Atheist Ireland criticizes Ireland’s response to UN Human Rights Committee
Atheist Ireland has criticized the Irish Government’s responses today to the United Nations Human Rights Committee, saying that the Government is failing to protect the human right of freedom of conscience for Irish atheists, on the issues of religious discrimination in schools and retaining the blasphemy law.
The Irish Government was wrong to reject the request to eliminate religious discrimination in access to schools, it was wrong to claim that there is a growing nondenominational school sector in Ireland, and it was wrong to use the idea of the constitutional convention to delay addressing the need to remove the blasphemy law.
Religious discrimination in schools
Ireland rejected the request to eliminate religious discrimination in schools on the basis that there is a growing nondenominational school sector in Ireland. Actually, there are no nondenominational schools registered with the Department of Education. Educate Together schools are multi-denominational, not non-denominational.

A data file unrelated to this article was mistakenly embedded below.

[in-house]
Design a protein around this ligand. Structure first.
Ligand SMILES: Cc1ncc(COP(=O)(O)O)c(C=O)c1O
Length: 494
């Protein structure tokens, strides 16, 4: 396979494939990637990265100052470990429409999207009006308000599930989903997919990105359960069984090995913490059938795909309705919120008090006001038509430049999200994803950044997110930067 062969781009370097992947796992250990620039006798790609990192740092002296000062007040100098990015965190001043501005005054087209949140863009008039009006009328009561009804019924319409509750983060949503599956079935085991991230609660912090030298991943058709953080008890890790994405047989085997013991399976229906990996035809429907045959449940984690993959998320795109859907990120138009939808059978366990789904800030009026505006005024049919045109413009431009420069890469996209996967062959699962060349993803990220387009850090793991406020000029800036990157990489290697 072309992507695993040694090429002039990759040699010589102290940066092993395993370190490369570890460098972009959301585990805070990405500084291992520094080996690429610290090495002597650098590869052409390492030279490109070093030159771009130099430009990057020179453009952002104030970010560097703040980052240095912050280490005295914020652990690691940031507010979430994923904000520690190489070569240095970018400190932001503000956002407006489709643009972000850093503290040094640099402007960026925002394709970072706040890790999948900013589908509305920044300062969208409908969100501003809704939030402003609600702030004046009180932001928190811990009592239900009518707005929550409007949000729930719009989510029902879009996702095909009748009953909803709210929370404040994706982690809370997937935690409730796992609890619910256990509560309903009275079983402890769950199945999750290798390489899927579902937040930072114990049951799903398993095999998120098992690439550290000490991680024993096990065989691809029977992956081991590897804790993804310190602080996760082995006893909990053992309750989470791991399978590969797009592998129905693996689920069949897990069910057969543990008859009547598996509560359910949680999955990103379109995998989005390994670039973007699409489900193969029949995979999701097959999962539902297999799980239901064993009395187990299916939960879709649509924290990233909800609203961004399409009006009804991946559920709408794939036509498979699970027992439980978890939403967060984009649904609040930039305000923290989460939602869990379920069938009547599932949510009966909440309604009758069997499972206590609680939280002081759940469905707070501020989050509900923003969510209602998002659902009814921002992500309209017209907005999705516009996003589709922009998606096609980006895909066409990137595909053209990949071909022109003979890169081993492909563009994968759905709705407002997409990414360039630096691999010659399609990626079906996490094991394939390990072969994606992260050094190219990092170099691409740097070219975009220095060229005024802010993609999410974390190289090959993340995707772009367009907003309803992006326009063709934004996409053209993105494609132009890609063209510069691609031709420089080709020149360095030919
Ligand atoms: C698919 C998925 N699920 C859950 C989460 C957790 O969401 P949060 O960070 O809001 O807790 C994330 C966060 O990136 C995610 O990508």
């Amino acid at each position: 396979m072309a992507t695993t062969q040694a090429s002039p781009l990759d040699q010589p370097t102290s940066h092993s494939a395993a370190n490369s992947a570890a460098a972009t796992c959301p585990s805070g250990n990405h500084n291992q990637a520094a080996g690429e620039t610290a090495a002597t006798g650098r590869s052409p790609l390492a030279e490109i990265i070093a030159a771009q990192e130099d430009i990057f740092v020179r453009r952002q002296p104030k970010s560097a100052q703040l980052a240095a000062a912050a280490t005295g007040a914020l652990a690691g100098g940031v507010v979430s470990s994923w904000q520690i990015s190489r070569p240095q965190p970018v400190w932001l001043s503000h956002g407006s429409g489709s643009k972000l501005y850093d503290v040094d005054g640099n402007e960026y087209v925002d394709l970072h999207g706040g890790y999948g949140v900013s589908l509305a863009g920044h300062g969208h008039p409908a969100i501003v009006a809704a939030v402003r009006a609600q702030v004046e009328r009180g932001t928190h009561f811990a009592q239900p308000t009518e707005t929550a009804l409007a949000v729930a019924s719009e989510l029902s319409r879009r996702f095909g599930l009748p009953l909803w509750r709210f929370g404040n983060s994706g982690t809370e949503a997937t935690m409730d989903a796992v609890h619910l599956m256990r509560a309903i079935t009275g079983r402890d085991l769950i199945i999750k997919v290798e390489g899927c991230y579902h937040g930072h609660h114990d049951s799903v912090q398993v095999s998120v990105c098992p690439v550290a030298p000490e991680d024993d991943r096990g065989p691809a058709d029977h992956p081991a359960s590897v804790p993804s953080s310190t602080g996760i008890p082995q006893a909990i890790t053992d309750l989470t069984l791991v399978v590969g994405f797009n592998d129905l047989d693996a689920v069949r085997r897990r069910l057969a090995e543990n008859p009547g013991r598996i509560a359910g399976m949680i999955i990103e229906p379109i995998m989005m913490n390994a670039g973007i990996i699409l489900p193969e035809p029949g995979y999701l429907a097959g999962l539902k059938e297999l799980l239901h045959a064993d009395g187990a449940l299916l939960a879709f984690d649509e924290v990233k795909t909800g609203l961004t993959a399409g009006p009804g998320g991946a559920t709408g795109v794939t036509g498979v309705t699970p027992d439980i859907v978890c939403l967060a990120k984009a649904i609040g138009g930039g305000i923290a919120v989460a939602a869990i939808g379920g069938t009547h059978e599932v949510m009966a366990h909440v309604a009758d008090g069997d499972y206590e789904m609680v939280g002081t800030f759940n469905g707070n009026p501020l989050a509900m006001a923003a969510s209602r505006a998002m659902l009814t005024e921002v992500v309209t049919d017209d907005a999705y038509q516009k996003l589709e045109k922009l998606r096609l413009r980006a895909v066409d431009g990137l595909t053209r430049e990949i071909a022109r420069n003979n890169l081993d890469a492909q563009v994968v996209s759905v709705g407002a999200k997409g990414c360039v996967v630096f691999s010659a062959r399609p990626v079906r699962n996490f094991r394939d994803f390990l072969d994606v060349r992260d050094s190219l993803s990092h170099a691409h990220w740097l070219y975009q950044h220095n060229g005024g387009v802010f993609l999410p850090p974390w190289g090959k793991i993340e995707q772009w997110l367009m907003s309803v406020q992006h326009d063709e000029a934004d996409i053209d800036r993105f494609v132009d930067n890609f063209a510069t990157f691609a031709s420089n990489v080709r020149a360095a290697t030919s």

Ireland is now trying to redefine schools as non-denominational if there is no denominational involvement in their governance. But unless a school is actually nondenominational in practice, it does not matter who is governing it.
Ireland also rejected the request to eliminate religious discrimination in schools on the basis that religious groups are fee to establish their own schools in Ireland. This is of course true, but the state should provide a foundation of secular schools, that are equally open to all children, and let religious groups establish their own schools as well as that, not instead of it.
Ireland only partly accepted the request to repeal the Irish blasphemy law. This law has drawn international criticism from liberal democracies and praise from Islamic States.
Irelands response to the UN on this issue is that the Government is setting up a Constitutional Convention and is asking this Convention to look at this issue.
But both Government parties are already committed to removing this law, and there is no need to have a hundred people discuss it for a year before the Government addresses it.
The Constitutional Convention should not be used as a delaying tactic to avoid addressing important issues on which there is widespread consensus.